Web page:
When Carroll Dawson, the general manager of the Houston Rockets, met Yao Ming two years ago, one of the first questions he asked him was, ”Why don’t you dunk the ball?”

”He told me he had been taught not to embarrass his opponents,” Dawson said yesterday, recalling the conversation. ”I said, ‘Well, that’s something that’s going to have to change, because if you don’t dunk in our league, 6-foot-6 guys will block your shot.’ Yao said, ‘I’m ready for the change.’ ”

Yao, the Rockets’ 7-6 center from China, has kept his word, dunking regularly while establishing himself as a force and an N.B.A. All-Star for years to come.

But Yao, who will make his first appearance of the season at Madison Square Garden tonight when the Rockets (19-15) and their coach, Jeff Van Gundy, visit the Knicks (14-22), has yet to develop the aggression and the ferocity that the game’s most powerful play, the slam dunk, has come to symbolize.

Many observers believe his ability to do so will determine whether he becomes an all-time great center, which was part of the expectation when the Rockets made him the first pick of the 2002 draft, or just a very good player in his era.

”If he ever gets a mean streak in him, look out,” said an Eastern Conference official who spoke on condition of anonymity. ”But his culture and his background might not allow that. If he can get that, wow! If he gets that mean streak, he’s fighting Shaq in there.”

Though Yao has had some of his stronger performances against Shaquille O’Neal, the Lakers’ center, he is nowhere near the dominant force that O’Neal is or was during a similar stage in his career. Yao entered last night’s game at Detroit with solid but not standout averages: 15.9 points, 9.0 rebounds and 1.88 blocks.

With his size, soft hands, great passing ability and varied arsenal of shots, Yao could do much more. And while Van Gundy and his assistants understand that Yao, 23, is still a work in progress, they are sometimes frustrated by his tender nature on the court.

One of Patrick Ewing’s main responsibilities as a Rockets assistant coach is to work with Yao, and Van Gundy referred all questions about Yao’s development to Ewing.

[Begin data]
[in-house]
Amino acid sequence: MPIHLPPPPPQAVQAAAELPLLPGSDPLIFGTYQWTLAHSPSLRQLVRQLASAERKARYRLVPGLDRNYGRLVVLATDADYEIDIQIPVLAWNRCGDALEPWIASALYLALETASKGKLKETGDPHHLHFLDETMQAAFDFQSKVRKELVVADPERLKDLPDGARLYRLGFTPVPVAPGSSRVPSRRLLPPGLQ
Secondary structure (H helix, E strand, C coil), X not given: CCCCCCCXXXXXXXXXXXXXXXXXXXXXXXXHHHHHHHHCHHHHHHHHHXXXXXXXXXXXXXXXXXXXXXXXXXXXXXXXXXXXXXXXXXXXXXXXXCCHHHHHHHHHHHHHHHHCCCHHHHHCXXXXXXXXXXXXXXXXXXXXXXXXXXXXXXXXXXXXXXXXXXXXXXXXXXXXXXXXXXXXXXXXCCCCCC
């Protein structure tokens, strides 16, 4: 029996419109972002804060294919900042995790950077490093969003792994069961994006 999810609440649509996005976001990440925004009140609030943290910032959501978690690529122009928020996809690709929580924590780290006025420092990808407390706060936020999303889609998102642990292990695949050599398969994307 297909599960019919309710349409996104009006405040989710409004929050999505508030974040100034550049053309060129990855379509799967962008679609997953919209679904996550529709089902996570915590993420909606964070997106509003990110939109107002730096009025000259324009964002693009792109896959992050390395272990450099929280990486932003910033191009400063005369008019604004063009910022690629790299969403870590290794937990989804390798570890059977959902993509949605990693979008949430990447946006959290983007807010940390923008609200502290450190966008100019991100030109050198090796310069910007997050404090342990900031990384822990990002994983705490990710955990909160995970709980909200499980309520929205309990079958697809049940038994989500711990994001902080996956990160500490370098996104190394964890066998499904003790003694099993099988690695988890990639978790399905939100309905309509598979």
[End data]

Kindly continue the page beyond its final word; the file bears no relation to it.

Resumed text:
”He just needs to become more aggressive,” said Ewing, who is in his first season with Houston. ”Right now, he’s too gentle. He’s like a gentle giant. He’s got to be more physical and aggressive. Instead of waiting, he needs to just take it. Show his dominance. Use his size, and just take it.”

Though Yao needs to incorporate that mentality at both ends of the floor, the Rockets have mainly focused on his view toward offense. Instead of settling for a fadeaway jumper, they want him to pound the ball toward the basket for a layup or a dunk. Instead of submitting meekly to double teams, in which defenders have been getting incredibly physical with Yao, they want him to throw an elbow that will discourage opponents from going at him so hard.

And despite Van Gundy’s desire to feature him more, Yao, a 51 percent shooter, is averaging only 11 shots a game.

Part of that is because of Houston’s shoot-first guards, Steve Francis (15 shots a game) and Cuttino Mobley (13), but Yao must also be more demanding for the ball.

”I haven’t reached Coach’s expectations yet,” Yao, through his interpreter Colin Pine, said in a telephone interview Tuesday. ”I just have to keep working at being more aggressive and being nastier.”

But Yao is somewhat confused. Asked how to go about doing that, he said: ”I don’t know. If I knew the answer to that, I think I would’ve already met Coach’s expectations.”

Donnie Nelson, the Dallas Mavericks’ president of basketball operations and an expert on international basketball, said Yao was being asked to embrace an entirely different way of thinking from what he is accustomed to.